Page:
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Can Mitt Romney win women voters?

The Romney campaign plans to ramp up their attacks on President Obama at the GOP convention in Tampa, Florida, and beyond. But is that the best way to get voters, especially women, to like Mitt Romney?

Romney has had some poll numbers haunting him since his bid for the White House began. If he can't turn them around, even voter ID laws aimed at stopping Democrats from voting and the Koch brother's generous campaign donations may not be enough to get him to the White House.

Romney has poor likability numbers. And he trails Obama badly among women voters, 50-42, in a recent Gallup poll.

Women make up about half of the electorate and a Romney victory is unlikely unless he can woo women voters.

However, despite what the Republican propaganda machine is trying to sell, women are not buying it. This may be a classic case of actions speaking louder than words, since women's rights and health care issues have been under assault by the GOP since Republicans took over the House in 2010.

The latest blemish on the GOP image came last week, when Republican U.S. Senate candidate Todd Akin announced that women who had a "legitimate rape" could defy medical science and produce a special sperm-killing bodily function that prevented pregnancy. The suggestion was quickly debunked by the New York Times and the legitimate medical community as complete fantasy. But the GOP continues to try to find ways to redefine rape in order to justify outlawing abortion.

Still, the Akin "legitimate rape" controversy has highlighted some core concerns among mainstream Americans with Tea Party philosophy.

Unsupported claims are making the GOP look more and more like a party desperate enough to do whatever it takes to grab power, including defy science, mislead voters, and even outright lie in campaign ads.

Former Republican congressman Joe Scarborough, co-host of the MSNBC show Morning Joe, slammed Romney last week for running a "completely false" ad against President Obama on welfare reform.

"I've been looking for a week-and-a-half to try to figure out the basis of this welfare reform ad," Scarborough said on air. "I've scoured the Wall Street Journal editorial pages … the ad's completely false. It's just completely false."

In addition to a sharp turn to the right to shore-up support among radical right-wing Republicans, lying in political ads is not helping Romney's image. Add to that his unprecedented defense of keeping his tax returns secret and you have a candidate struggling to get his favorable poll numbers up.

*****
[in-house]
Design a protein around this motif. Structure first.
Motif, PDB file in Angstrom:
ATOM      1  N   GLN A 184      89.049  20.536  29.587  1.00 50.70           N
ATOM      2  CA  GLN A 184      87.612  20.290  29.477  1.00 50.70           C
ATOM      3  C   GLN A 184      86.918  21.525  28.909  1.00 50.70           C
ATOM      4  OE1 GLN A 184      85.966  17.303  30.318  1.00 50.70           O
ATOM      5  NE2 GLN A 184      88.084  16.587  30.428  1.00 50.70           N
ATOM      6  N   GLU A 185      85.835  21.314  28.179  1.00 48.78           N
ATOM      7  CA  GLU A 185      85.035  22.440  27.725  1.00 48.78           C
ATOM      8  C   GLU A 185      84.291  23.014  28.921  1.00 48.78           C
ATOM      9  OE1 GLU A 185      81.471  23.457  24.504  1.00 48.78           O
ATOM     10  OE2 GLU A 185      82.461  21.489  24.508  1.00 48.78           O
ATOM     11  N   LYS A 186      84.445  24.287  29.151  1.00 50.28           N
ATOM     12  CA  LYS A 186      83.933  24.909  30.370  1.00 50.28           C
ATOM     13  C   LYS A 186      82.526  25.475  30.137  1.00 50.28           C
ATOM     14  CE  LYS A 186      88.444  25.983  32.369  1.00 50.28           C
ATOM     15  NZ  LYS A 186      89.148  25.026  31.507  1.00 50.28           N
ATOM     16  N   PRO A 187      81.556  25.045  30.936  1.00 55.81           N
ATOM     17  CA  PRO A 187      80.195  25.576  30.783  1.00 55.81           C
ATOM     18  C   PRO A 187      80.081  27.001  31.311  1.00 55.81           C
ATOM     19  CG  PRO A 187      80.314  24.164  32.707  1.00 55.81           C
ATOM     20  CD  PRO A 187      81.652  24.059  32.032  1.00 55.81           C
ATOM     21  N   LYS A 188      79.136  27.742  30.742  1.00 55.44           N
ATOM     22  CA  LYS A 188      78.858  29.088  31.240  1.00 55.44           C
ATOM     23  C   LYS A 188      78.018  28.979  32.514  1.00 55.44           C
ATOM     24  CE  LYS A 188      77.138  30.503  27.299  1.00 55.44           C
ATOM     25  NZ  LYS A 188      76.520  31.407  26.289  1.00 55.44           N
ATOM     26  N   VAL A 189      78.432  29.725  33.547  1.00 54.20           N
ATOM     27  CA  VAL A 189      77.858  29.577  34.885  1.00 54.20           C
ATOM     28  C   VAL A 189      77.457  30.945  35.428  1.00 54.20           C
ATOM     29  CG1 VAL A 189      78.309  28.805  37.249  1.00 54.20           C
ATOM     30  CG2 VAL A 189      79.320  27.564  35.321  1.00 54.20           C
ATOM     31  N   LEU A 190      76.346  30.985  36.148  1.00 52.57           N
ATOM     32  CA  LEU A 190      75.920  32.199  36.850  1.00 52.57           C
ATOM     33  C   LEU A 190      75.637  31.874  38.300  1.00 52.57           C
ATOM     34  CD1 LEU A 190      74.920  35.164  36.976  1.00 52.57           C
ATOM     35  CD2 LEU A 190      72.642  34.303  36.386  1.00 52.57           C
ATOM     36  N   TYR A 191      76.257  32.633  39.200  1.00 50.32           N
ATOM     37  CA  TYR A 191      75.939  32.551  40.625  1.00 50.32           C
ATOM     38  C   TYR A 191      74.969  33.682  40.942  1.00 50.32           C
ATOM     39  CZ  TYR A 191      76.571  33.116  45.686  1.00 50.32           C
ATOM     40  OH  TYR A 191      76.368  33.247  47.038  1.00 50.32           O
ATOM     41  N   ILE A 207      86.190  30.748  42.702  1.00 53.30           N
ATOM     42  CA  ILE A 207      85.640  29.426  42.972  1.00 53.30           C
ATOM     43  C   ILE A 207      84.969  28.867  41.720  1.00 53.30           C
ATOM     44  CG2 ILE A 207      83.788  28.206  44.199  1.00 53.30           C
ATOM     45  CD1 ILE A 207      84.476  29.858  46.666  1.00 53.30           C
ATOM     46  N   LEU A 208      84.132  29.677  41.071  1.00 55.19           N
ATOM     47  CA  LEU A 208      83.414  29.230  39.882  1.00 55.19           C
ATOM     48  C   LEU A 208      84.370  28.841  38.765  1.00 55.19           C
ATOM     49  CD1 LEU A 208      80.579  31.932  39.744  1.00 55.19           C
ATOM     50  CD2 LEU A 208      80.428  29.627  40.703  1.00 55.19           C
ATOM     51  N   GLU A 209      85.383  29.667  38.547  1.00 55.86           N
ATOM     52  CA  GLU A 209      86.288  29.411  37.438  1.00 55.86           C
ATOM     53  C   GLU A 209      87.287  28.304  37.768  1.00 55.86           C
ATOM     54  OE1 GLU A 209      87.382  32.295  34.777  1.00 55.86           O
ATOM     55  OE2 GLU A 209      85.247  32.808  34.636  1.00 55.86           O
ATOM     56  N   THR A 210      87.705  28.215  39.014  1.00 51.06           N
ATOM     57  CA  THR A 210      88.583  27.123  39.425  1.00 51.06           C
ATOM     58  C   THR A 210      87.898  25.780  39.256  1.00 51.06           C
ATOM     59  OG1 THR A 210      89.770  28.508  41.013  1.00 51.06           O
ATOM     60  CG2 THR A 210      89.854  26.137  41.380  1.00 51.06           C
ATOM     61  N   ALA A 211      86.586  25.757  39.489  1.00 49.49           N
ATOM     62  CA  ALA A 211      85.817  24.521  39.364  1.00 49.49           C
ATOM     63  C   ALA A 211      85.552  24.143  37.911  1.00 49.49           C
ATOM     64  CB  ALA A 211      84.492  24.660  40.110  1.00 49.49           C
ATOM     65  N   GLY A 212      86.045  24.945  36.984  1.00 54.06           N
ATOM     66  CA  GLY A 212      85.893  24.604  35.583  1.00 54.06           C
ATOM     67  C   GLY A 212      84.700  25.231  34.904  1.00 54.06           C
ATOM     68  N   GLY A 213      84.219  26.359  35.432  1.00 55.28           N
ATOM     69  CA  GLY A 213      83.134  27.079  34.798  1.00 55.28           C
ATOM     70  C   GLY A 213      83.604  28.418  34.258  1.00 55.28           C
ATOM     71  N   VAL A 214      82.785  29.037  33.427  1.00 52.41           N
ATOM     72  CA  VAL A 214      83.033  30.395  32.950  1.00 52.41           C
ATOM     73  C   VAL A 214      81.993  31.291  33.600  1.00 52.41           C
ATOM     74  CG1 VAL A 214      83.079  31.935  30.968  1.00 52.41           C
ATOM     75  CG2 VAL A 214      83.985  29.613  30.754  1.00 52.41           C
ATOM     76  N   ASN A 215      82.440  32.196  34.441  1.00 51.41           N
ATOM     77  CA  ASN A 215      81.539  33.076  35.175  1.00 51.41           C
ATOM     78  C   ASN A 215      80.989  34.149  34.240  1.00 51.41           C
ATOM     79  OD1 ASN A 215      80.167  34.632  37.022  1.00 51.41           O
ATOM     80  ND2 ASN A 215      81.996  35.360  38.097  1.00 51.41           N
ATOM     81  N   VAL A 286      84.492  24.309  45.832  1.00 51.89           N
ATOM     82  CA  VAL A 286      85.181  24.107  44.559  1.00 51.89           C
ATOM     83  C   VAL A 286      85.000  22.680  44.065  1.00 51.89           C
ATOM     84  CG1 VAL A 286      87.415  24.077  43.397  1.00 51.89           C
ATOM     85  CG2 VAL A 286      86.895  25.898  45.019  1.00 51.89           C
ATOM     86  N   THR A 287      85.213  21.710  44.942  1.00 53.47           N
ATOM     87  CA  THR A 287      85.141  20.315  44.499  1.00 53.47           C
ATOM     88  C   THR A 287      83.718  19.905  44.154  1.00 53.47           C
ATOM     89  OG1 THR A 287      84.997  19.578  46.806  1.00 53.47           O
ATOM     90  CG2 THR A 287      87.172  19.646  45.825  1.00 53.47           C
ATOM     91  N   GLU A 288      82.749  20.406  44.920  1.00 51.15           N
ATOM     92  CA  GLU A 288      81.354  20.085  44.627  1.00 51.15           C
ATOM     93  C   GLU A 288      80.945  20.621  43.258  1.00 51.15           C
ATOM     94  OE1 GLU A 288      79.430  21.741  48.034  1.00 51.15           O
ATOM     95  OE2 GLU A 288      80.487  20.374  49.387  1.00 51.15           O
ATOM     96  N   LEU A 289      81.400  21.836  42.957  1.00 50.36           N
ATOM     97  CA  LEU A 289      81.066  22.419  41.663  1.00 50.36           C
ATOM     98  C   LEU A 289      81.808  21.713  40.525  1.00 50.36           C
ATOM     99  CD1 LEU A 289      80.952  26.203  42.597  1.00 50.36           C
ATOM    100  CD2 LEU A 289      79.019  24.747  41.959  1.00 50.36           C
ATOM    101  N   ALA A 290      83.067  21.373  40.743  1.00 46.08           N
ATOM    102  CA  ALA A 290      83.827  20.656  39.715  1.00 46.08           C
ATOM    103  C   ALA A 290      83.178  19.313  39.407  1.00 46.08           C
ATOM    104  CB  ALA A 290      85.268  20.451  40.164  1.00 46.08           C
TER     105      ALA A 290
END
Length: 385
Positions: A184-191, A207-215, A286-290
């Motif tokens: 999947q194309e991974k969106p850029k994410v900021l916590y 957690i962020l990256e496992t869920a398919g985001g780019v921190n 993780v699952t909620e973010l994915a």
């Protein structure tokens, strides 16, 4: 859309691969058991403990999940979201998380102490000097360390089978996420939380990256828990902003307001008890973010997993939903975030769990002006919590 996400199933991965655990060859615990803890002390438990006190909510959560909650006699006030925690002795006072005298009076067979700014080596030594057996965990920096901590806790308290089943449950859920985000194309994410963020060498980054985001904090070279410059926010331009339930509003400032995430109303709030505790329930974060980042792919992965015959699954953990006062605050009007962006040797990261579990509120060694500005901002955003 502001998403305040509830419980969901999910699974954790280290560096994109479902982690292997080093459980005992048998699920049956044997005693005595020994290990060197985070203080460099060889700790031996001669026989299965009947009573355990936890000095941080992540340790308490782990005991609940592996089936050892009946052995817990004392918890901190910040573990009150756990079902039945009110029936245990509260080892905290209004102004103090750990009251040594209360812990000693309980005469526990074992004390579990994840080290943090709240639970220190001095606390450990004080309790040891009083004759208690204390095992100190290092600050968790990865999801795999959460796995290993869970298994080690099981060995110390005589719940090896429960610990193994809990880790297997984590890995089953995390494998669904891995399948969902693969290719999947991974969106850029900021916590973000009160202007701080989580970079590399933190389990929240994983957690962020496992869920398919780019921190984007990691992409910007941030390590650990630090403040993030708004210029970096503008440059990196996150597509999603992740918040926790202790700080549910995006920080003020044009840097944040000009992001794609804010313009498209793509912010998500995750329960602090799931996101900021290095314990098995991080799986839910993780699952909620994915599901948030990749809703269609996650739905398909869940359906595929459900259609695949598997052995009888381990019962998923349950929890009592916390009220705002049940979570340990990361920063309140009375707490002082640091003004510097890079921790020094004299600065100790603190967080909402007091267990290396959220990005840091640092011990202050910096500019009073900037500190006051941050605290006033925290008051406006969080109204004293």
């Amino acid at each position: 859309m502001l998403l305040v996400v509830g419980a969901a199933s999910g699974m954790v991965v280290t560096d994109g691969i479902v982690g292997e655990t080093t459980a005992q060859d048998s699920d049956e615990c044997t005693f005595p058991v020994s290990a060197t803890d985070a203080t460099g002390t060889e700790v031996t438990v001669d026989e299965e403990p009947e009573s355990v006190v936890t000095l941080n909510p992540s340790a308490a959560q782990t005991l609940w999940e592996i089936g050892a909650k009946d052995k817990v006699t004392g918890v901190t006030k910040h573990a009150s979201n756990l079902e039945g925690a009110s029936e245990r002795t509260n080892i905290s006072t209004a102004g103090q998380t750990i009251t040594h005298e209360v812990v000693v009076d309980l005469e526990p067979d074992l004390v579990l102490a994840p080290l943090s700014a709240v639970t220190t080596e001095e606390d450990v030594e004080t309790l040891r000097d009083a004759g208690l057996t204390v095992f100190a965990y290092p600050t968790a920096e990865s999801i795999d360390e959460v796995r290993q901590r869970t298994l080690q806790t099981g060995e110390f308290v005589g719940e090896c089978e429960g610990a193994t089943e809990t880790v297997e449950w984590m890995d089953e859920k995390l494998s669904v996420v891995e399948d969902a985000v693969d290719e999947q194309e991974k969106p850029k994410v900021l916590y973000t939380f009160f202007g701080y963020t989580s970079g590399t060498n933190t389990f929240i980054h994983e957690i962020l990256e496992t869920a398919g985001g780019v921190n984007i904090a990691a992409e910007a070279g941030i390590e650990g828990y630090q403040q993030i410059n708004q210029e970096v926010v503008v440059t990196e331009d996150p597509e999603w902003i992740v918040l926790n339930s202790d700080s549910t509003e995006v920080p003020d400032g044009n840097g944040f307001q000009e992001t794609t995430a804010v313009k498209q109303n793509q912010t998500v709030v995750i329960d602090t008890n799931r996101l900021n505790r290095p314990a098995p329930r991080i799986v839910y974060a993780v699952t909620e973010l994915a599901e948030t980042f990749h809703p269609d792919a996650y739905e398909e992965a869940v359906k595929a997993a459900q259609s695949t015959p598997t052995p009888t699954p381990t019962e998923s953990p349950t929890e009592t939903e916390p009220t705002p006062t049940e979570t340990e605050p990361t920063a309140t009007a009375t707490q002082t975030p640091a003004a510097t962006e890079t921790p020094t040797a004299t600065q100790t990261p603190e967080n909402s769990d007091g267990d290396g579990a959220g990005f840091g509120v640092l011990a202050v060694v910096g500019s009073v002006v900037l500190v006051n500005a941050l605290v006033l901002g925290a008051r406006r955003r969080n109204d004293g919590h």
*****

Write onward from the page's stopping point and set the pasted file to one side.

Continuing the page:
The Romney campaign seems to think that if they just lie more, that will be enough to win the White House. It might work, since a lot of voters believe everything they see in negative ads whether they are proven false or not. However, some issues could be impenetrible.

The wild card remains female voters, who may fall for Romney false advertising on other issues, but may never trust a Republican to stop the current movement to allow government control over the outcome of pregnancies by forcing raped women to have children.

Women won the right to choose abortion from the Supreme Court in the Roe v Wade decision of 1973. Republicans are now trying to take that right away by blocking abortion rights on state-by-state basis.

Romney's unfavorable polling problems also seem to revolve around a general view that he is out of touch with average voters. This is the candidate that is installing a car elevator in one of his many homes, has a Swiss bank account, and told a group of college students to go "ask their parents for money" if Republicans followed through on their plans to end government support for education programs.

During his years as CEO of Bain Capital, Romney made decisions that shipped American jobs overseas, and closed the doors on businesses, stripping workers of jobs and health insurance. Romney calls that a "sucessful" business career. But those who were on the receiving end of Romney's venture capital profit-driven schemes have different views.

In a time when too many Americans are struggling, Romney has done little to dispel his image as an out of touch millionaire, who is essentially a candidate that will increase taxes on most Americans, while cutting them for the rich.

Apart from his 56% unfavorable rating among the general electorate, even the Romney team knows that winning the White House is not likely to happen without support from female voters.

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